THE MANAGERIAL JOURNEY
Gillingham is where Roeder began his managerial career as a player-manager, managing to keep the struggling Kent side in the football league by the skin of their teeth in 1993 ahead of Halifax but he would leave for 1st Division Watford before the 93-94 season commenced for his first taste of sole football management. He would last three seasons there with a best finish of 7th in 1995.
After Watford came as a spell as assistant manager alongside former Newcastle teammate Chris Waddle at 2nd Division Burnley for a season before England came calling. Roeder was given a coaching role under Glenn Hoddle’s management which meant being reunited with his former protege Paul Gascoigne. When at Newcastle, Roeder took the Geordie midfield maestro under his wing as he was breaking into the Newcastle first team in the mid 1980’s and the two had remained firm friends ever since.
England dramatically managed to qualify automatically for France 98 after a battling 0-0 draw away against the Italians and did not disgrace themselves in the finals. Hoddle’s mixture of youth and experience reaching the last 16 bowing out on penalties to Argentina. But 6 months later after Hoddle’s controversial comments about disabled people made it to a national newspaper, he would lose his role as Hoddle was sacked. Roeder wouldn’t be out of the wilderness for long though as he was offered the assistant manager’s role alongside Harry Redknapp at West Ham. After 3 seasons, Roeder would get a promotion to manager after Redknapp left for Portsmouth.
Glenn Roeder’s time at West Ham was tumultuous to say the least. His first full season saw some great form in batches and a late season charge saw a 7th place finish just missing out on UEFA Cup qualification. The goals of Jermain Defoe and Freddy Kanoute played a big part in that run. The 2nd season though was anything but rosy.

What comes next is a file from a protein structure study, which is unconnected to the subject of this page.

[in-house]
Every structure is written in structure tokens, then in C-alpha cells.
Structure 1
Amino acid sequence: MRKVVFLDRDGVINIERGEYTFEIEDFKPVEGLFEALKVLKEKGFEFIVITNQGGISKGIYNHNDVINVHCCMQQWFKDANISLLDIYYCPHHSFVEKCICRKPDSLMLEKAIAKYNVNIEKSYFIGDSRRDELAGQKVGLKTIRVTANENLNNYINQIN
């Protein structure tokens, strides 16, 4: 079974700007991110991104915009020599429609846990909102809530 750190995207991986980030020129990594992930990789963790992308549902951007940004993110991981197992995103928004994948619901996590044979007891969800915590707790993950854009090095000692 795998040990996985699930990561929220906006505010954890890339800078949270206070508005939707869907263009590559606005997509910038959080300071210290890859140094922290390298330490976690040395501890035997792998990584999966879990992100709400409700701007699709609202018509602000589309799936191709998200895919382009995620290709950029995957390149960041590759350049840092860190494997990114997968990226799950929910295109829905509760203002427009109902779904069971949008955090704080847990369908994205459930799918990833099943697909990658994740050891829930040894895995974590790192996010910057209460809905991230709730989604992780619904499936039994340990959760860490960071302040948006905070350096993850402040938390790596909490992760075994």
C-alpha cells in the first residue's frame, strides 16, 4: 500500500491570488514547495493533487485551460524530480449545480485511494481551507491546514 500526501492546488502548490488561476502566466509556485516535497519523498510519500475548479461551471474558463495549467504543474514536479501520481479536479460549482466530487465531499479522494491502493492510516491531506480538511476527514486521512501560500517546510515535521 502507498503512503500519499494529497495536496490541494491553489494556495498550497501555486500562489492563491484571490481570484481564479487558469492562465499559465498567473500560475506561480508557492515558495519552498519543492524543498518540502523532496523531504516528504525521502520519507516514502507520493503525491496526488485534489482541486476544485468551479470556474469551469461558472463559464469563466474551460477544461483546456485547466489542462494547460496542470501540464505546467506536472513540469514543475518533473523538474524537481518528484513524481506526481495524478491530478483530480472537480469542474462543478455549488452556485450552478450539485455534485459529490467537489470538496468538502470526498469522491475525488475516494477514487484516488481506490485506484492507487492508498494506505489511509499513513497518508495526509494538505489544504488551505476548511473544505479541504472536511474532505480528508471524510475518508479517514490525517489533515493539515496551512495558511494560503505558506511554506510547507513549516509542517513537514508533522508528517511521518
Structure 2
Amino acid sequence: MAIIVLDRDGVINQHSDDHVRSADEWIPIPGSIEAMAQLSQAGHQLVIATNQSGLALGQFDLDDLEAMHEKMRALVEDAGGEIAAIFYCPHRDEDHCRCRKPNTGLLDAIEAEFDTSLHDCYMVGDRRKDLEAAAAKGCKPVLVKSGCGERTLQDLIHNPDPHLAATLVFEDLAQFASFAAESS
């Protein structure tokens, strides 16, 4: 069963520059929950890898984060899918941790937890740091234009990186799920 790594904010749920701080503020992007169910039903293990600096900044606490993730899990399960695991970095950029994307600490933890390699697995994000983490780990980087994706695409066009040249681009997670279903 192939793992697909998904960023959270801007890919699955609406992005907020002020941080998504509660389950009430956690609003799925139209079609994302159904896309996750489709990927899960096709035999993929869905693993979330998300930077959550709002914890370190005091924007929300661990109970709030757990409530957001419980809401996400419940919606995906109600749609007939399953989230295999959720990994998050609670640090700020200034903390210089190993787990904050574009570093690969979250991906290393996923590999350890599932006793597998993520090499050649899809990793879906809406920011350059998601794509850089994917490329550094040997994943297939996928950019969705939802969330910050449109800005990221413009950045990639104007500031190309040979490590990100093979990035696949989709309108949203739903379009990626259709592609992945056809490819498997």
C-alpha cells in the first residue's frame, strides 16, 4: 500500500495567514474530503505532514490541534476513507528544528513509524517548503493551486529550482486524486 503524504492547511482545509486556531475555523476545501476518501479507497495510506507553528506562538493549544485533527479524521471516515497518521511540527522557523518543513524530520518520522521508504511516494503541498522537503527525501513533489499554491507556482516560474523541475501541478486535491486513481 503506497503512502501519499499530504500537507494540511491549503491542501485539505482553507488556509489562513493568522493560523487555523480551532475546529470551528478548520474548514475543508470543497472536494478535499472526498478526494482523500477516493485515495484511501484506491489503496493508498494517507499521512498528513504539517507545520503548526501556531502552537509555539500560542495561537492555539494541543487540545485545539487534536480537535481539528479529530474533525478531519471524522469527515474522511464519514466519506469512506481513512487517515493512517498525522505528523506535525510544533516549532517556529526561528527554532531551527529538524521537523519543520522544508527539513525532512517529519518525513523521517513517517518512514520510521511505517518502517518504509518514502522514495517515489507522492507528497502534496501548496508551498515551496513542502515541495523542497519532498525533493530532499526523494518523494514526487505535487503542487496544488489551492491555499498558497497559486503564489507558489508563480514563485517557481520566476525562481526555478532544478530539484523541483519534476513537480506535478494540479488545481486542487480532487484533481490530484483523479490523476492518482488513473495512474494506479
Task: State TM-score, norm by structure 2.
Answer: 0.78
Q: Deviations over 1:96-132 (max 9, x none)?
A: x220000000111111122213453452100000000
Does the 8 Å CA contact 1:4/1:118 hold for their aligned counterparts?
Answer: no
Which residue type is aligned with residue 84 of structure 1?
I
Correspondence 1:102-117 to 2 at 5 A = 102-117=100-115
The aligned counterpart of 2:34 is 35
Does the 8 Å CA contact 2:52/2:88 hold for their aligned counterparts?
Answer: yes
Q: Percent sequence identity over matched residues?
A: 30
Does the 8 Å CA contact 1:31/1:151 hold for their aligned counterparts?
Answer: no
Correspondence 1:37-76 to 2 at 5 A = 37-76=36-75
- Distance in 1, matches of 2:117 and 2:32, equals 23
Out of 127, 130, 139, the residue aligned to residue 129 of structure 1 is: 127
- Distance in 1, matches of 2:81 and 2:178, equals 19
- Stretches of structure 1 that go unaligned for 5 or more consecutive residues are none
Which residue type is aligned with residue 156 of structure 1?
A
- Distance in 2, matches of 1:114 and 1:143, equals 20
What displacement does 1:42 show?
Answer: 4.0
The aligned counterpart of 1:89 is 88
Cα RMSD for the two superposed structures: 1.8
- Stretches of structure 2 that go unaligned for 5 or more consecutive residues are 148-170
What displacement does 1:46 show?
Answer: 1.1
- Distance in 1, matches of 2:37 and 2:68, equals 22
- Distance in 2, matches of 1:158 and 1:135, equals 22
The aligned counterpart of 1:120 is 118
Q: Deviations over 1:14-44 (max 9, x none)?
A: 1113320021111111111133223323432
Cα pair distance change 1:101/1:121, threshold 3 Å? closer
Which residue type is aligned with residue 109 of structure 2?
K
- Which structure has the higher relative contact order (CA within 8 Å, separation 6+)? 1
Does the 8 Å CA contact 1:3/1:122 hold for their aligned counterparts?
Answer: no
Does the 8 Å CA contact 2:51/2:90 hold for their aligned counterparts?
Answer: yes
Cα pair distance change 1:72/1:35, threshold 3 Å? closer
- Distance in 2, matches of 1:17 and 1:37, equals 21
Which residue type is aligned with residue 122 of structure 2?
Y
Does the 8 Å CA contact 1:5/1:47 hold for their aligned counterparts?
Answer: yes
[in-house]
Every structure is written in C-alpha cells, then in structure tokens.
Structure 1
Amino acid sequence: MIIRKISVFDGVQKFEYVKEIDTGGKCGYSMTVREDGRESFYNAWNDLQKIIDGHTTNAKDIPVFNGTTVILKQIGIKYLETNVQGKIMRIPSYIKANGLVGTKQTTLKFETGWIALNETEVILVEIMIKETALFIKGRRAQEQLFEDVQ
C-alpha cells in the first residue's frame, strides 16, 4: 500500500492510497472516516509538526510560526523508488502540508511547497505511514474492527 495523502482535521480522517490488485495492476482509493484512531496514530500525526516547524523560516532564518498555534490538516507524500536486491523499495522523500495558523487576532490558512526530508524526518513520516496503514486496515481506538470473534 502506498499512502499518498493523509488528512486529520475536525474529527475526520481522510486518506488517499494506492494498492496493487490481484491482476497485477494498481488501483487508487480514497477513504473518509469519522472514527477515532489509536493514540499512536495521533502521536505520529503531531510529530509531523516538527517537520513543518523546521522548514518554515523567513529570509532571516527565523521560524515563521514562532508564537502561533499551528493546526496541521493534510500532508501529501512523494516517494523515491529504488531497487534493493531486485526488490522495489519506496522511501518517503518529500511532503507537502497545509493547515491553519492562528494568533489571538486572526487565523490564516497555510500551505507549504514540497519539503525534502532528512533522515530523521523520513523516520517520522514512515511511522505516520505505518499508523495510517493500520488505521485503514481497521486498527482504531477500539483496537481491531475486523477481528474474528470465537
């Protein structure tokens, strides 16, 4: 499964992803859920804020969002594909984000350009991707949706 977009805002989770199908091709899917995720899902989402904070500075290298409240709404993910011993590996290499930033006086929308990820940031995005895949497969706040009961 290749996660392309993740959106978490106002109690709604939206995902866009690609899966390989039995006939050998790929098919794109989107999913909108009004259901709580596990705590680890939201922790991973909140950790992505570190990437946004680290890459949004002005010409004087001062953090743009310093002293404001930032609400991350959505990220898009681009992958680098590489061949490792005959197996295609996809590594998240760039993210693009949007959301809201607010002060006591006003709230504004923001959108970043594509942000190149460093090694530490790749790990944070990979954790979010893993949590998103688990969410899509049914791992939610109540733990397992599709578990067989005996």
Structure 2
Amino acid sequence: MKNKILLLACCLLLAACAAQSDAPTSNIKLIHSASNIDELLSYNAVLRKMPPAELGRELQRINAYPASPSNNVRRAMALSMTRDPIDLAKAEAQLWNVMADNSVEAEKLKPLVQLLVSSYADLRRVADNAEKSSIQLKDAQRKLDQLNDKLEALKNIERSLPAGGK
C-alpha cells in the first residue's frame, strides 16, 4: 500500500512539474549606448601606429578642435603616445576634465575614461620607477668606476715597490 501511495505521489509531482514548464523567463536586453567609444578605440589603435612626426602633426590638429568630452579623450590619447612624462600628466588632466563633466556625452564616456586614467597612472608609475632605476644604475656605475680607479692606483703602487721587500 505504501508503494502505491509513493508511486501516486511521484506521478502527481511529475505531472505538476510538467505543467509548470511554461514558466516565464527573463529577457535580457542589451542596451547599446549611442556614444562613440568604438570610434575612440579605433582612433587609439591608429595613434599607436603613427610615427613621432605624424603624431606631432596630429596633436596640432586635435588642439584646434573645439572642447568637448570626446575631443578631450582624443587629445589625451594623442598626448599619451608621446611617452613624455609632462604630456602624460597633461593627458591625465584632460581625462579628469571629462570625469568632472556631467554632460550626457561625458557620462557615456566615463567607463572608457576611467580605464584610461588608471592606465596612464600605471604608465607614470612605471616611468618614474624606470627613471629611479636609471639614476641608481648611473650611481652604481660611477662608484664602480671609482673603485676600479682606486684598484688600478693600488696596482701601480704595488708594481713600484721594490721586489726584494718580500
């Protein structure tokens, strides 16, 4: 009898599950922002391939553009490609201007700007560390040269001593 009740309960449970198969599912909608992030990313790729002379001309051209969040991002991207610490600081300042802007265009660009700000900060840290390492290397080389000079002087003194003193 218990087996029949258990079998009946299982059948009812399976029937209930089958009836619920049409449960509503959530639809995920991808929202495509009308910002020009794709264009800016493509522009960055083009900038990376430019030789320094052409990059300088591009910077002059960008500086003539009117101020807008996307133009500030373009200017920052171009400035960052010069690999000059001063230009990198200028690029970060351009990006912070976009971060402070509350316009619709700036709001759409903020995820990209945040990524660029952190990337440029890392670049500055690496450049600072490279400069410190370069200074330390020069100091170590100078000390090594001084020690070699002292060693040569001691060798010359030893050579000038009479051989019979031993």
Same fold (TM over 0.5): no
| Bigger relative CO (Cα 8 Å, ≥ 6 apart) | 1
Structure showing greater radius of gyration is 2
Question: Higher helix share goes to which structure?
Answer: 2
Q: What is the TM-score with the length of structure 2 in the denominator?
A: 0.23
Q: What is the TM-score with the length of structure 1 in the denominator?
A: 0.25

West Ham were in a relegation dogfight as they struggled to replicate the previous seasons form but in the run-in, it appeared they were beginning to finally find their stride with a run of just 1 defeat in 8 games culminating in a 1-0 win over Middlesbrough. However shortly after the post match press conference that day, news came out that Roeder had collapsed complaining of chest pains and was rushed to hospital. It later transpired that he had a brain tumour.
It meant he had to sit out the remaining 3 games of the season where despite continuing their late season form under the caretaker-ship of Trevor Brooking, West Ham were still relegated with 42 points. To this day, that is still a Premier League record in the 38 game era. Roeder returned later that summer to lead what was expected to be a promotion campaign, but after an inconsistent start to the season and a 1-0 defeat away at Rotherham, Roeder was sacked and he would spend 2 years on the sidelines.
RETURNING TO NEWCASTLE
It was August 2005 when Glenn made his return to coaching, this time at his former stamping ground of Newcastle to head their Academy setup. He would do a fine job with a talented group of youngsters at his disposal, one of which we’ll get to soon.